By refusing to ratify the Convention on the Rights of the Child, the United States is forfeiting the chance to work closely with other nations to protect children's rights.
Child poverty rates are increasing, a trend made increasingly dangerous by shrinking social safety net programs. Any solution must come from a cultural sea change--and a possible constitutional amendment.
Child poverty is neither permanent nor inevitable. Policies that help parents by increasing the minimum wage, offering job training opportunities, and expanding social safety nets can reduce child poverty.
Recent constitutional rulings provide some redress for children abused while in foster care systems.
Information about children's developmental levels helps lawyers interview children effectively, determine their best interests, and defend their credibility.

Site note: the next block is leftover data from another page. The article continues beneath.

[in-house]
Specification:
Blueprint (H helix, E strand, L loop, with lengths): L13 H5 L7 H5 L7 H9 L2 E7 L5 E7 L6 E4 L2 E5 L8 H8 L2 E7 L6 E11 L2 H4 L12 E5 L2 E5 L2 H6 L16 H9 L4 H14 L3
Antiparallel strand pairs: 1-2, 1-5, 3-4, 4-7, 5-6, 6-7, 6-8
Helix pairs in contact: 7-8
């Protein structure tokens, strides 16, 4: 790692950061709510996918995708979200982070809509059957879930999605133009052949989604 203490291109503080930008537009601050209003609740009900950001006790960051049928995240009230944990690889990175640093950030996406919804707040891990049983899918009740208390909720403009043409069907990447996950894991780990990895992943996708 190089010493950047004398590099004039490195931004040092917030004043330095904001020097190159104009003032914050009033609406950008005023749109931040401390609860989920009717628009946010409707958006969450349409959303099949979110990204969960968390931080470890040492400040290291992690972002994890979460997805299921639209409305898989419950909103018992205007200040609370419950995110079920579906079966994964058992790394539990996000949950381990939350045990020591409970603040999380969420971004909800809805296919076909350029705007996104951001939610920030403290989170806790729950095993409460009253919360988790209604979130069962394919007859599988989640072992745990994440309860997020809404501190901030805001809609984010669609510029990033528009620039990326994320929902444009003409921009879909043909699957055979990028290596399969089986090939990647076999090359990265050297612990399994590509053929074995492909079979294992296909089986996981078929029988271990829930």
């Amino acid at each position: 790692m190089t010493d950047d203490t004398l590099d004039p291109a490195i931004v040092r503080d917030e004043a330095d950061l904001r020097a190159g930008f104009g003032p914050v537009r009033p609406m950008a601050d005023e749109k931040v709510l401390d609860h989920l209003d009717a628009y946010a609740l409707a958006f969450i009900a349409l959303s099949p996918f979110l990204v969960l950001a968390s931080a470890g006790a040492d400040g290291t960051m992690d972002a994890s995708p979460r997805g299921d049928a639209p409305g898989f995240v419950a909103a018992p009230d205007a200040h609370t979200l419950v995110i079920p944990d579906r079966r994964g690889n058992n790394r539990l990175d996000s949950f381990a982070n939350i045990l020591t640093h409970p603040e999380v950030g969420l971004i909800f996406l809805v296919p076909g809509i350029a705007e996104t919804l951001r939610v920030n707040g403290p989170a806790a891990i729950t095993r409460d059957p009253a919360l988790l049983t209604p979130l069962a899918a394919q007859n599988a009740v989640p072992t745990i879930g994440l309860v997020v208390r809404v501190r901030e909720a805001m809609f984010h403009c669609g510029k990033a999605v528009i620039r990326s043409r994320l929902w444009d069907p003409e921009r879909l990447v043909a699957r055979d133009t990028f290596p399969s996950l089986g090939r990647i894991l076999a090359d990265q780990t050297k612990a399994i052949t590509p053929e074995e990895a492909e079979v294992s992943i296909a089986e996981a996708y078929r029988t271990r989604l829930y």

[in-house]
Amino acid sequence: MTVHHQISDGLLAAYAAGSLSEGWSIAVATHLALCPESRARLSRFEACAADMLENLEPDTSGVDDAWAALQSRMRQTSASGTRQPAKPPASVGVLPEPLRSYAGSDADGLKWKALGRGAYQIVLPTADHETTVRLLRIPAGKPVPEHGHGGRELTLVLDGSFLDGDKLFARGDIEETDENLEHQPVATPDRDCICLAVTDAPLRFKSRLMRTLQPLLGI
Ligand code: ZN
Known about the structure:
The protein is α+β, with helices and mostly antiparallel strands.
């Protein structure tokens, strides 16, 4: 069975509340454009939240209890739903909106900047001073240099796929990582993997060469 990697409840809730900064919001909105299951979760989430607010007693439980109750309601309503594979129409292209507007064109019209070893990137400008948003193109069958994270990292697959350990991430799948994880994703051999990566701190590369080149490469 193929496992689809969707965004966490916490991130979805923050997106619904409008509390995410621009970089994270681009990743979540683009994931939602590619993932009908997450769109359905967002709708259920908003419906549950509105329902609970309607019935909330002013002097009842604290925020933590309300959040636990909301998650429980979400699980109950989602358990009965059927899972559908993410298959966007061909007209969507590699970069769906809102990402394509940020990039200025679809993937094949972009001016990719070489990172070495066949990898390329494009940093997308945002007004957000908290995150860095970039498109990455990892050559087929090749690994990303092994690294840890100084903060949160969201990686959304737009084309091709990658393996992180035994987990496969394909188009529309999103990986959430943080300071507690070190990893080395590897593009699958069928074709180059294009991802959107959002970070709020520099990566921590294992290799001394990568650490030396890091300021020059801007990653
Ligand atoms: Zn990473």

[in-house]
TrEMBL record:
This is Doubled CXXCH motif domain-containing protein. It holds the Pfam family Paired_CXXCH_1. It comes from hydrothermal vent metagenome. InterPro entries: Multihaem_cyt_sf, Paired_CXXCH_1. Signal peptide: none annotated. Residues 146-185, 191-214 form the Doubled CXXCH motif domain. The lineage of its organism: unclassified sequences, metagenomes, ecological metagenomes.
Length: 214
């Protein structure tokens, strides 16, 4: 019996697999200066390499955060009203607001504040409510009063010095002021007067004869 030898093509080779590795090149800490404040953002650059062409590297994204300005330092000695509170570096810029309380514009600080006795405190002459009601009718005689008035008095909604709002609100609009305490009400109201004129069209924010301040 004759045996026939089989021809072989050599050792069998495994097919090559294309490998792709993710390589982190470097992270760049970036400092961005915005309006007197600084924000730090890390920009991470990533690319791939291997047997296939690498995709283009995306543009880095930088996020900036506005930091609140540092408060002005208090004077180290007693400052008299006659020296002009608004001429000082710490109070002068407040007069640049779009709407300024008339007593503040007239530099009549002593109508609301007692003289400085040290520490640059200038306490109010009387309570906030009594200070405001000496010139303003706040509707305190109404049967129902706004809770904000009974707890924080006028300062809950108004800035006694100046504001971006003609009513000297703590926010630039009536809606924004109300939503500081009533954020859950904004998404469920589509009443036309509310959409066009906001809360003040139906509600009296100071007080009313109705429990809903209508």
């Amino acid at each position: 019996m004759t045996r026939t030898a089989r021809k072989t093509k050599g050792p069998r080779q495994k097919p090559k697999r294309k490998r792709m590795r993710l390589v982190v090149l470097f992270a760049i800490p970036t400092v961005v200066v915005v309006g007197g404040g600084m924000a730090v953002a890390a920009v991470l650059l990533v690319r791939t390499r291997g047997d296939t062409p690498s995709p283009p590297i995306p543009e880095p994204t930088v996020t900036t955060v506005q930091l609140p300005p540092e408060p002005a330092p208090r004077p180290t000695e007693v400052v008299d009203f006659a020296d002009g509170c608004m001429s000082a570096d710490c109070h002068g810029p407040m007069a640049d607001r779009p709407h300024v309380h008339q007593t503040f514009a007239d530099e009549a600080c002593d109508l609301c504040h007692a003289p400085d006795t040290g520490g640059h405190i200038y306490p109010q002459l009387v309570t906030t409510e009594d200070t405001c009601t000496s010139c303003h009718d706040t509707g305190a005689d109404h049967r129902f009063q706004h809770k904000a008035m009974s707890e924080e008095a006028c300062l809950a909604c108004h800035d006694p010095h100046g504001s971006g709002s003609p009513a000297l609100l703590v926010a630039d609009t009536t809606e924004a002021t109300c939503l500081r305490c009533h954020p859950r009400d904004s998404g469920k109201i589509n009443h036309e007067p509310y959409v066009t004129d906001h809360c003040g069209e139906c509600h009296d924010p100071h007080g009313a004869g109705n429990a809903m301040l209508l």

Thousands of unaccompanied immigrant and refugee children are stranded in the United States. Attorneys can help them by supporting reform efforts, organizing other lawyers, or serving as direct advocates.
Child labor continues today, but comprehensive strategies that boost family income and protect educational opportunities can eliminate child labor in Bolivia and elsewhere.
Worldwide, many children are forced to work as prostitutes or sex slaves. Two testimonies from U.S. Senate hearings shed light on the problem.
Recent international treaties have set limits on the use of child soldiers, but the practice continues.
Four advocates have devoted their lives and careers to protecting children.